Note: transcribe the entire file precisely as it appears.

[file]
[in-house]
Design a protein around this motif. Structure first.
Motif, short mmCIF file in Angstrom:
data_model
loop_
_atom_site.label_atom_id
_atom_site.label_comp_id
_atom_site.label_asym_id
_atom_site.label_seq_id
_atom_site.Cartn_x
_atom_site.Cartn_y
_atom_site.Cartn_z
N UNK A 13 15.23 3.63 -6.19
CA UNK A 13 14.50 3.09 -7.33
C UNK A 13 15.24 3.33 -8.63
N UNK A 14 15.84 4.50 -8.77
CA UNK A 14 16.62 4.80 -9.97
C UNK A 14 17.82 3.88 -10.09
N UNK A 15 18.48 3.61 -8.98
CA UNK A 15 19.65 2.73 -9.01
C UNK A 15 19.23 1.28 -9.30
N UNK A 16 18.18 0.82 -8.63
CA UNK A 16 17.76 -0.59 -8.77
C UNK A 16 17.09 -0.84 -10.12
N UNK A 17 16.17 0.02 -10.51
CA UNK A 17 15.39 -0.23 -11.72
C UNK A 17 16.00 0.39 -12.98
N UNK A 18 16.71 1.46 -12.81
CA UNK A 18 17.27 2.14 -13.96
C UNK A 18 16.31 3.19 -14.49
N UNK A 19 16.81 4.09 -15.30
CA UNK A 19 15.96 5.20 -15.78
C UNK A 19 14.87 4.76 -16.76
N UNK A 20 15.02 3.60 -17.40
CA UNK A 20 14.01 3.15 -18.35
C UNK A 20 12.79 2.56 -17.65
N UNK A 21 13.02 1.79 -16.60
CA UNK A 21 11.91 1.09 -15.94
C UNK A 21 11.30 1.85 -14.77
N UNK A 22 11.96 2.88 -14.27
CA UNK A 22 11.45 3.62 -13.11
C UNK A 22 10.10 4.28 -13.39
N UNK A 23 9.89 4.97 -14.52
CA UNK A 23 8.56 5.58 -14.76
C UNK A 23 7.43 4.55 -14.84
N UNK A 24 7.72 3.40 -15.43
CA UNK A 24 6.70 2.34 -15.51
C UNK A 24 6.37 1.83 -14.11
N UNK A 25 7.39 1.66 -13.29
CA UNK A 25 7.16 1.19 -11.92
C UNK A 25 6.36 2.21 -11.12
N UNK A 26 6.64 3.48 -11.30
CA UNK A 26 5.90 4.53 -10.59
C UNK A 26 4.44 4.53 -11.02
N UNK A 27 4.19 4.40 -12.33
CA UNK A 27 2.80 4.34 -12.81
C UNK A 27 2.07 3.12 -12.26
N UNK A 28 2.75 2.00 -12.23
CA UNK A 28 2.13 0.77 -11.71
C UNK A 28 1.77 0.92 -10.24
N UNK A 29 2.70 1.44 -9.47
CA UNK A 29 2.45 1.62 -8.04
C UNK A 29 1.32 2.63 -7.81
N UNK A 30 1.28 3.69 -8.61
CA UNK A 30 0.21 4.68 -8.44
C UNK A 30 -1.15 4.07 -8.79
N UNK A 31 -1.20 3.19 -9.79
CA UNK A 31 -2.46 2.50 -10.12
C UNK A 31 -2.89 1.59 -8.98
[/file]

[in-house]
Design a protein around this motif. Structure first.
Motif, short mmCIF file in Angstrom:
data_model
loop_
_atom_site.label_atom_id
_atom_site.label_comp_id
_atom_site.label_asym_id
_atom_site.label_seq_id
_atom_site.Cartn_x
_atom_site.Cartn_y
_atom_site.Cartn_z
N UNK A 13 15.23 3.63 -6.19
CA UNK A 13 14.50 3.09 -7.33
C UNK A 13 15.24 3.33 -8.63
N UNK A 14 15.84 4.50 -8.77
CA UNK A 14 16.62 4.80 -9.97
C UNK A 14 17.82 3.88 -10.09
N UNK A 15 18.48 3.61 -8.98
CA UNK A 15 19.65 2.73 -9.01
C UNK A 15 19.23 1.28 -9.30
N UNK A 16 18.18 0.82 -8.63
CA UNK A 16 17.76 -0.59 -8.77
C UNK A 16 17.09 -0.84 -10.12
N UNK A 17 16.17 0.02 -10.51
CA UNK A 17 15.39 -0.23 -11.72
C UNK A 17 16.00 0.39 -12.98
N UNK A 18 16.71 1.46 -12.81
CA UNK A 18 17.27 2.14 -13.96
C UNK A 18 16.31 3.19 -14.49
N UNK A 19 16.81 4.09 -15.30
CA UNK A 19 15.96 5.20 -15.78
C UNK A 19 14.87 4.76 -16.76
N UNK A 20 15.02 3.60 -17.40
CA UNK A 20 14.01 3.15 -18.35
C UNK A 20 12.79 2.56 -17.65
N UNK A 21 13.02 1.79 -16.60
CA UNK A 21 11.91 1.09 -15.94
C UNK A 21 11.30 1.85 -14.77
N UNK A 22 11.96 2.88 -14.27
CA UNK A 22 11.45 3.62 -13.11
C UNK A 22 10.10 4.28 -13.39
N UNK A 23 9.89 4.97 -14.52
CA UNK A 23 8.56 5.58 -14.76
C UNK A 23 7.43 4.55 -14.84
N UNK A 24 7.72 3.40 -15.43
CA UNK A 24 6.70 2.34 -15.51
C UNK A 24 6.37 1.83 -14.11
N UNK A 25 7.39 1.66 -13.29
CA UNK A 25 7.16 1.19 -11.92
C UNK A 25 6.36 2.21 -11.12
N UNK A 26 6.64 3.48 -11.30
CA UNK A 26 5.90 4.53 -10.59
C UNK A 26 4.44 4.53 -11.02
N UNK A 27 4.19 4.40 -12.33
CA UNK A 27 2.80 4.34 -12.81
C UNK A 27 2.07 3.12 -12.26
N UNK A 28 2.75 2.00 -12.23
CA UNK A 28 2.13 0.77 -11.71
C UNK A 28 1.77 0.92 -10.24
N UNK A 29 2.70 1.44 -9.47
CA UNK A 29 2.45 1.62 -8.04
C UNK A 29 1.32 2.63 -7.81
N UNK A 30 1.28 3.69 -8.61
CA UNK A 30 0.21 4.68 -8.44
C UNK A 30 -1.15 4.07 -8.79
N UNK A 31 -1.20 3.19 -9.79
CA UNK A 31 -2.46 2.50 -10.12
C UNK A 31 -2.89 1.59 -8.98